In Baltimore County, there are a number of important elected and unelected posts as there are all across the country. The County Administrative Officer is an interesting role that, according to the County Charter is responsible for being “…the chief budget officer of the county and to prepare and submit to the county executive for his approval and submission to the county council all county budgets.” Generally speaking, the County Administrative Officer (CAO) is in charge of the day-to-day operations of the County including all their finances. In a way, the CAO is the psuedo-Chief Financial Officer of the County. Sure, the budget needs to go through the County Executive and then the County Council before ultimately being approved – but it starts with the CAO.
And with a unanimous vote in 2011, the County Council chose to give the CAO additional powers: the power to execute contracts and leases on behalf of the county. That’s a fairly big power for an appointed officer of the County. Now, considering the role of this post, I don’t think it’s unreasonable that we the people of Baltimore County have a say in this figure. Sure, we have a say in the fact that said officer is appointed / approved by those elected by the people. But, such a powerful figure should have an additional check – they should be elected by the people.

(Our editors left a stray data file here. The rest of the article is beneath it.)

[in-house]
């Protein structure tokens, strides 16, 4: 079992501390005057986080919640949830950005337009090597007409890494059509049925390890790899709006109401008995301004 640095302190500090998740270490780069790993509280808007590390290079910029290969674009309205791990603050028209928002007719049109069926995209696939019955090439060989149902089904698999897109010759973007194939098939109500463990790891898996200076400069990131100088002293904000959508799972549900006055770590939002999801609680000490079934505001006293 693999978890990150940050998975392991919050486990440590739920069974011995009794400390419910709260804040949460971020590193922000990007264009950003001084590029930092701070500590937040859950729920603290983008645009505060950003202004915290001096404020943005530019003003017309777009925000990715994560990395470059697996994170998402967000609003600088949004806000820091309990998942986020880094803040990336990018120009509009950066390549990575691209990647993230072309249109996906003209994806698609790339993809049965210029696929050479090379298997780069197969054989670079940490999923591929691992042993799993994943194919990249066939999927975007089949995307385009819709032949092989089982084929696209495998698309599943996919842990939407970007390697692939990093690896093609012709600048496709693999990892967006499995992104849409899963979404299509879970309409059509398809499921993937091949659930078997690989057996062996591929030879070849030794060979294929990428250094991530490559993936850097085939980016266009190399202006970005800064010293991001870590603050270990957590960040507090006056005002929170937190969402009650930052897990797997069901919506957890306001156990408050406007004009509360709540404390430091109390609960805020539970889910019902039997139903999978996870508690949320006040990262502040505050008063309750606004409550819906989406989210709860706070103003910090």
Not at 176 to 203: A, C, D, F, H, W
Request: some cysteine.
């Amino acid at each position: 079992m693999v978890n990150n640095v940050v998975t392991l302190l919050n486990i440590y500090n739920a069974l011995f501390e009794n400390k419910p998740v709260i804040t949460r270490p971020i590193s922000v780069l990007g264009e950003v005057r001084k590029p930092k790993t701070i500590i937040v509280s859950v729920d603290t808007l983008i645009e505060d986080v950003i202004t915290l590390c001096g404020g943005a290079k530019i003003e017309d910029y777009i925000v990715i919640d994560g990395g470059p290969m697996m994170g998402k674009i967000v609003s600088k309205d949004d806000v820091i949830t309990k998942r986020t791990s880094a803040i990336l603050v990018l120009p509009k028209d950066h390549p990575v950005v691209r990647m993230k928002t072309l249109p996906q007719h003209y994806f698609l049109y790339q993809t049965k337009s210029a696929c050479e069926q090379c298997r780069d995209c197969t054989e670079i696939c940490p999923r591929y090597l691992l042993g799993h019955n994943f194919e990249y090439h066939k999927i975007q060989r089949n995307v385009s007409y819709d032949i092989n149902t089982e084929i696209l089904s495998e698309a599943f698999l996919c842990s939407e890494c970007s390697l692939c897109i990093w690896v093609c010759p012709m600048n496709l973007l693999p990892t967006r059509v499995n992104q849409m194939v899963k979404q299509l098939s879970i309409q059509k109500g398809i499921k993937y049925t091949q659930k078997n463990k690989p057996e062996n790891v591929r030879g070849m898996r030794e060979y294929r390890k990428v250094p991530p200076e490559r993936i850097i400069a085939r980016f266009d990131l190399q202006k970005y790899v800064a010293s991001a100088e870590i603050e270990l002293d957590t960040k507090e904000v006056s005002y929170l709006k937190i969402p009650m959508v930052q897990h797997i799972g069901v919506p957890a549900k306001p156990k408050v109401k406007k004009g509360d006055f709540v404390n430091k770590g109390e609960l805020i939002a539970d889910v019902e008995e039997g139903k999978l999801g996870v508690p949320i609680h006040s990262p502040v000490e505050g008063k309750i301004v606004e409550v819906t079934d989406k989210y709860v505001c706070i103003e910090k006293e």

Now, the County Charter does place some rules on who is eligible to be the CAO:
The county administrative officer shall be appointed solely on the basis of his integrity and his executive and administrative qualifications for the performance of the duties of his office as hereinafter set forth. He shall have had, prior to his appointment, at least five years’ experience as an executive either in public service or private business, or both. He shall also be thoroughly familiar with modern accounting methods and budget procedures.
That said, familiarity with modern accounting methods is up to the opinion of the County Council and County Executive to interpret. I feel that the voters should be the ones to decide. I ask, how is this different than the direct election of the State Comptroller, who serves as Chief Financial Officer of the State; in a way, it’s the same position only localized. I call upon our County Legislators to consider this option: let’s modify the County Charter to directly elect our CAO. The power of this single, unelected individual who is beholden to only 8 people (the County Executive and the 7 member County Council) is responsible for the day-to-day operations / finances of the entire county. That person should be beholden to the people of Baltimore County for it is they who are truly being impacted by this position.
Cross-posted to Red Maryland